I asked my colleague this a couple of days ago. To her, strategy was about planning, about predicting challenges and finding means of overcoming them.
“So, is strategy about the future, the present, or the past?”

Her answer? “Strategy is all about the future, to me.”
“A plan for the future, based on...what?”

Strategy, according to Porter, is about being different. If this is true, the future is not where we need to be looking. To be different requires intimate knowledge of yourself, your core capabilities and strategically valuable resources, and the environment in the present, not years to come.

What about the past?

Mintzberg describes strategy as a ‘pattern in a stream of decisions’.

This is why you’re in the place you are now. Understanding past and present, you can develop your aims for the future - you have the power to invent and reinvent yourself at will. You can decide the long-term direction of your company, or indeed yourself. Ironically, that’s another definition of strategy.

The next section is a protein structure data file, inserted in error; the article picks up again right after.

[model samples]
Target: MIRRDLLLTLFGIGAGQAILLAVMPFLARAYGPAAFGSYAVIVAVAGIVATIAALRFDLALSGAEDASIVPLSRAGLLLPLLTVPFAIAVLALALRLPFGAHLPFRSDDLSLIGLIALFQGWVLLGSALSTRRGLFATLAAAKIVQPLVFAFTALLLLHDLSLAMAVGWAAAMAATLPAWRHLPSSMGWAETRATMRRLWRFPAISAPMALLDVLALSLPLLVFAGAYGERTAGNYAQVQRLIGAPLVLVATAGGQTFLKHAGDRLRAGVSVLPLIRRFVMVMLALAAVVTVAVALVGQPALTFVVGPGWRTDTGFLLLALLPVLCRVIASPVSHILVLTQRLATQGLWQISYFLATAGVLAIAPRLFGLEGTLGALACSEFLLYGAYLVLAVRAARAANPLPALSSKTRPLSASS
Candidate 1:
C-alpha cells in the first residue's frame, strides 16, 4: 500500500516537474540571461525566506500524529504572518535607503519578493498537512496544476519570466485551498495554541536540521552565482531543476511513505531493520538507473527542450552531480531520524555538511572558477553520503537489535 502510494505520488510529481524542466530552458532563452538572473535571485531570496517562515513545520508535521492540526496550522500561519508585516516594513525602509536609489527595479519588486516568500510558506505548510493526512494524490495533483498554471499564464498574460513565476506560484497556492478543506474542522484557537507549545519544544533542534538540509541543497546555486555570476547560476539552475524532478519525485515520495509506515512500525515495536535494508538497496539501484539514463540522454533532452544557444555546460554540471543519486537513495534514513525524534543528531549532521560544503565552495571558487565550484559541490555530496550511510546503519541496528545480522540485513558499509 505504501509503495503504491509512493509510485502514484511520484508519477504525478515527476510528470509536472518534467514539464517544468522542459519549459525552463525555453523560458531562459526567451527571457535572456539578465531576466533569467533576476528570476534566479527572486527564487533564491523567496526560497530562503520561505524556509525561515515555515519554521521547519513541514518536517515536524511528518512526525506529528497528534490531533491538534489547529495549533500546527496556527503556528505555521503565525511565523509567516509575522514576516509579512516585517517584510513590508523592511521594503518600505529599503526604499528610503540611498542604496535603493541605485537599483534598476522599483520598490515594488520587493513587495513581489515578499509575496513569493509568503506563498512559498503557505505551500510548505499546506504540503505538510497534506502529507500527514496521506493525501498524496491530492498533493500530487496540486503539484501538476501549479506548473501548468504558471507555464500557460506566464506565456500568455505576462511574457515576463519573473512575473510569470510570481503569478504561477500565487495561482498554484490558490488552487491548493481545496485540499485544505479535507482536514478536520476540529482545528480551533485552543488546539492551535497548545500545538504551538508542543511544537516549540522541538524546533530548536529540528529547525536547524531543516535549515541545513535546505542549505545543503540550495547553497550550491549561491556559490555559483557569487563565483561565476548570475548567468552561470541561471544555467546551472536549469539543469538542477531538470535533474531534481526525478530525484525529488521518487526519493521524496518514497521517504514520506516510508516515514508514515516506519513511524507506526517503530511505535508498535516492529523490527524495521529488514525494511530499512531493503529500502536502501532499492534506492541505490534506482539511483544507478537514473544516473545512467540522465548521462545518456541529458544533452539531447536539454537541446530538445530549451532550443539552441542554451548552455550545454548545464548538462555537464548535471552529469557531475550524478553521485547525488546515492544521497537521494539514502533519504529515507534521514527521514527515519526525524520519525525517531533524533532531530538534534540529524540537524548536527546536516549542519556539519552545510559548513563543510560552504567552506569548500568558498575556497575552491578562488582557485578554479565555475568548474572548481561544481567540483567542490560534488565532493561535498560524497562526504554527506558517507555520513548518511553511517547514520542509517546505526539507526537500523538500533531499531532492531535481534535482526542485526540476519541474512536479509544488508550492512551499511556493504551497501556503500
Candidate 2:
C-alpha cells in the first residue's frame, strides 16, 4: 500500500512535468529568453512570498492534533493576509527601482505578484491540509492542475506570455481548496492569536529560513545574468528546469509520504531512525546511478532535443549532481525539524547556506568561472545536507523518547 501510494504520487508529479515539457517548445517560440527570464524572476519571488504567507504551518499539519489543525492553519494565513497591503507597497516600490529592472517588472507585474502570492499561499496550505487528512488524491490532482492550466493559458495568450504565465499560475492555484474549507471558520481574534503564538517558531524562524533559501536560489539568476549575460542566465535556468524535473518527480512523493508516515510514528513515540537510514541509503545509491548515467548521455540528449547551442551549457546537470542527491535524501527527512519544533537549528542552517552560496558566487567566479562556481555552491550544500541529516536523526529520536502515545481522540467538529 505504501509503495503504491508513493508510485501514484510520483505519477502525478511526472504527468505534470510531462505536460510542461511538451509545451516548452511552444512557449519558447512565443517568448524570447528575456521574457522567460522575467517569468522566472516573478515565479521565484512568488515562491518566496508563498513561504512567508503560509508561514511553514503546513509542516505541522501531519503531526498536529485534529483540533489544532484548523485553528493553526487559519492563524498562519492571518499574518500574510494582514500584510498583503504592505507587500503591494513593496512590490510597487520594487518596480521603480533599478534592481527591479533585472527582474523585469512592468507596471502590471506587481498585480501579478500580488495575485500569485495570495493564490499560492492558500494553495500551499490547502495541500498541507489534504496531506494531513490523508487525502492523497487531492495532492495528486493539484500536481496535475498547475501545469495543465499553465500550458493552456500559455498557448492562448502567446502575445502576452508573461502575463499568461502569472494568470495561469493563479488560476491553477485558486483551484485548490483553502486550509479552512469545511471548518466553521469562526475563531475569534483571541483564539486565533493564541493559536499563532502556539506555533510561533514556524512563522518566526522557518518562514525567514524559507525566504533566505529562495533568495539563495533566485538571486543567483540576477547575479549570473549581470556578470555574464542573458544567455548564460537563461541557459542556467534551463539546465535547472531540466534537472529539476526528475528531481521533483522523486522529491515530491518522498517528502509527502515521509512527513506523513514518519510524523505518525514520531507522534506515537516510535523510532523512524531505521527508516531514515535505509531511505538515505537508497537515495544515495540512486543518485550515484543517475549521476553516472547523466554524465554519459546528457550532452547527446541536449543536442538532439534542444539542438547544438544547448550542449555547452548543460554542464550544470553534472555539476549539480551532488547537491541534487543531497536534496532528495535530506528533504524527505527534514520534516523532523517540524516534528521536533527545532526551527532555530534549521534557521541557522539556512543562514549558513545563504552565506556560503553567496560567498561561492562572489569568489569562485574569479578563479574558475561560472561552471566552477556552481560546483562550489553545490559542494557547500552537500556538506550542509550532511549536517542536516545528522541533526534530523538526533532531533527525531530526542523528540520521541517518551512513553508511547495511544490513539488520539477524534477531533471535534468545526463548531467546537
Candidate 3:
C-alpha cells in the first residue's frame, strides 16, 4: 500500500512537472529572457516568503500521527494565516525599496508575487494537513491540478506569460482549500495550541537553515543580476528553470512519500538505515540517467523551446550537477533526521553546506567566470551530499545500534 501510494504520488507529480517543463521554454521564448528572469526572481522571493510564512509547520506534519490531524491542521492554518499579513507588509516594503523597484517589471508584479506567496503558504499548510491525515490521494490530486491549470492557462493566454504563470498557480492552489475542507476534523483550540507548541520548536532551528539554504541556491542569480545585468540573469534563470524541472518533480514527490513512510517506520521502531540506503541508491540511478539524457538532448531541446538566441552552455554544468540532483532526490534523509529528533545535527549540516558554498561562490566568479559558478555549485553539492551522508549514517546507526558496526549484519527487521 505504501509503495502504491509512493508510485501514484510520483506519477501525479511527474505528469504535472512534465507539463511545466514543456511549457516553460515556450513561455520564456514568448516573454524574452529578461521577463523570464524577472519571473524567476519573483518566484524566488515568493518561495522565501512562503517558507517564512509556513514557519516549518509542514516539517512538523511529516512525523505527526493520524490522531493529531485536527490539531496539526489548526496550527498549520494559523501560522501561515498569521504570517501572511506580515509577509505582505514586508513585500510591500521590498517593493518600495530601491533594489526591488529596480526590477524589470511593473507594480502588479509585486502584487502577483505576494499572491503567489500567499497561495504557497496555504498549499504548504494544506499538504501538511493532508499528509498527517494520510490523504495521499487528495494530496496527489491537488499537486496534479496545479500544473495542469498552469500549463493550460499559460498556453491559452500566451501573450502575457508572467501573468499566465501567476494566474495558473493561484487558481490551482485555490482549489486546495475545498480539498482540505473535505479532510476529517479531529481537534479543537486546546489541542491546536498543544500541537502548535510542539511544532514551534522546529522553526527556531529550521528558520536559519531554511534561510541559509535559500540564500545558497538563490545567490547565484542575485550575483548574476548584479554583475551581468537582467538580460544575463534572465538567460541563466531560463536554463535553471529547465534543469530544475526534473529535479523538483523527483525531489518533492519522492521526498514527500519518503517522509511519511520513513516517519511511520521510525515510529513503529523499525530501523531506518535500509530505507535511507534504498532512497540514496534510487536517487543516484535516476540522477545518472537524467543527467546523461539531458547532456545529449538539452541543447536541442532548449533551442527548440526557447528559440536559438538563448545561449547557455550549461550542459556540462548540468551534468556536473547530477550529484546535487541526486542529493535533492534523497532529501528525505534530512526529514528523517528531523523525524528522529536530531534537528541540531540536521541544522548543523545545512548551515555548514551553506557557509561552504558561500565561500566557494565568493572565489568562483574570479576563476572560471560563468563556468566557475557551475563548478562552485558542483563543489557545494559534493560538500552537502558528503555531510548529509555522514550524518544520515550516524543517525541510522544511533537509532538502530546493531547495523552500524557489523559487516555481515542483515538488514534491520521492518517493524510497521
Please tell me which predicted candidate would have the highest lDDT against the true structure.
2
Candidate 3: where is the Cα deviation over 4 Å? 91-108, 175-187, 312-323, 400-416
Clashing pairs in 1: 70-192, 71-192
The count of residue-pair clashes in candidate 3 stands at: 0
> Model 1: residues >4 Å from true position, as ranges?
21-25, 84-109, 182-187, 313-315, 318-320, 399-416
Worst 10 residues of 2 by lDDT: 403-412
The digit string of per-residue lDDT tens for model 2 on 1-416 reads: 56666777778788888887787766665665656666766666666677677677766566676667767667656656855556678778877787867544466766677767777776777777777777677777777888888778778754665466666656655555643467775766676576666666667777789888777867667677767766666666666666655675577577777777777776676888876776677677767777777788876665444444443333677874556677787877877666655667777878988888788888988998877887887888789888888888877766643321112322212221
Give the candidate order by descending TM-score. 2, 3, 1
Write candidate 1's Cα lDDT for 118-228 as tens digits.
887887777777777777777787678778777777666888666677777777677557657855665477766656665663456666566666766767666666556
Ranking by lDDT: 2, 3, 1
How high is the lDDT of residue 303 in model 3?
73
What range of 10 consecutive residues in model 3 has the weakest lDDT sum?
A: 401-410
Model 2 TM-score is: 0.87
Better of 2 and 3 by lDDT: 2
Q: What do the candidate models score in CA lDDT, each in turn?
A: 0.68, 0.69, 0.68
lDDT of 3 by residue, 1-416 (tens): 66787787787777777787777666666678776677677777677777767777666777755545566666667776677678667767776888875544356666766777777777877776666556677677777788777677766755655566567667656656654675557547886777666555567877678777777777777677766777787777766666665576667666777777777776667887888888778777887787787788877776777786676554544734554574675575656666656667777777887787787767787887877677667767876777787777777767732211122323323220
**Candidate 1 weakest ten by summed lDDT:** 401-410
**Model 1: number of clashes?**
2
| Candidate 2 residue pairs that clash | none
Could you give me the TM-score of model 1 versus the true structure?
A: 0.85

What, then, for the future?

We’re told to predict it. But so much is impossible to predict. By understanding past and present, we can at least be somewhat prepared for the future, if not even influence it to an extent. Knowing our strengths and assets, we know the resources that we have to hand. We can adapt and employ these at any moment - and that, in a way, is all the preparation that we need.
To me, strategy is all about the past and the present. But what is strategy - to you?